So Pip taking Miss Havisham to be his mysterious benefactor, and believing in a quick advent of his gentleman’s condition dreams positively on the prospect of winning Estella’s favour in love. But for Estella, the sincerity of Pip’s love is worth nothing:
“You must know that I have no heart—... ... Oh, I have a heart to be stabbed in or shot in.... But you know what I mean, I have no softness there, no sympathy, sentiment, nonsense.”

Honestly and directly stating this she has revealed that she has been reared into a kind of monster. Her heart is made cold and hardened so that she can play with the hearts of men and break them. It is very obvious that Miss Havisham is her trainer. But at one agonising moment she understands the nature of the barrenness of her heart and accuses Miss Havisham with the responsibility:
“I am what you have made me. Take all the praise, take all the blame, take all the failure.”

On the opposite end of the confession regarding her lack of emotion, there larks a doubt whether Estella swallows her word of marrying Drummle. Her defence against this throws an unfavourable light on her character. She knows it full well that she won’t be able to make Drummle happy. She is well aware of the incompatibility of temperaments between herself and Drummle. Yet she has decided to marry Drummle just for the status of a married woman. This gives rise to yet another question: if she has the intention to experience a married life, then why not with Pip? The answer lies in her statement:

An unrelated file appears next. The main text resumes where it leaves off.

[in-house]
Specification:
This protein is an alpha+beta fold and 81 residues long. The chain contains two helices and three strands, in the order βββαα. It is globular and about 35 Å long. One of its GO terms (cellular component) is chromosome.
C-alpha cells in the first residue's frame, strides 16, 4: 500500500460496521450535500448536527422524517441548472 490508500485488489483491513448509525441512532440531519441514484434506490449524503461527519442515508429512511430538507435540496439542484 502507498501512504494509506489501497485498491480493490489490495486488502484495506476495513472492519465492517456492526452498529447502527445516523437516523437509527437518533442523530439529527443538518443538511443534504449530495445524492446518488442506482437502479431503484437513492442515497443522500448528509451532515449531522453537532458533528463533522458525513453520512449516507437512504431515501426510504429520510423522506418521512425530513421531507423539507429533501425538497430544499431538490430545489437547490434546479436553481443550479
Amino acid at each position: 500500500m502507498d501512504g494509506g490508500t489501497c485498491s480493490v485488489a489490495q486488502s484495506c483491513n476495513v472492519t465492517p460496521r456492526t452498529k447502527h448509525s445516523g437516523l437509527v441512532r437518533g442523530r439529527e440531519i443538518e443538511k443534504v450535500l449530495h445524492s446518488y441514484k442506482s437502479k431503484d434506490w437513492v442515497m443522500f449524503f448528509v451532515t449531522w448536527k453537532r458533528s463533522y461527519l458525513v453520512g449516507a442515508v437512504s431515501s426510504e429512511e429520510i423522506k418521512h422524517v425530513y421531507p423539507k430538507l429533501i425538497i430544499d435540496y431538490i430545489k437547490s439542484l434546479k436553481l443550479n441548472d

“Should I fling myself away, on the man who would the soonest feel ... that I took nothing to him?”

This answer of Estella proves her to be honest in her motive. She at least does not want to cheat the man who has already booked a lofty position for her in his heart. If we try to analyse the abnormal behaviour of Estella, we can get the cause behind her chilly and straightforward negativity towards Pip. It was not only the result of continuous brainwashing, but a biological factor also. She was the daughter of Abel Magwitch, a convict and Molly, a murderess, and is bearing the genetic quality of the two in her. However, her honesty in speech and straightforwardness seem to be the inheritance of the characteristic undercurrent in her father. The discussion has opened before us the anatomy of an almost unsuccessful relationship between a man and a woman whose emotional current flows apart to the opposite direction. They undergo bitter experience and learn the hard way that the true goodness comes from inner worth. When Pip gets her Estella back forever, he does not get the Estella he loved before, because she is no longer that rose like fresh blooming maiden he was mad for. Nevertheless he has won a better Estella in the sense that she has been experienced enough for her age and now she comes to understand the real value of true love; the ice in her has begun to liquefy and Pip sees “... no shadow of another parting from her.”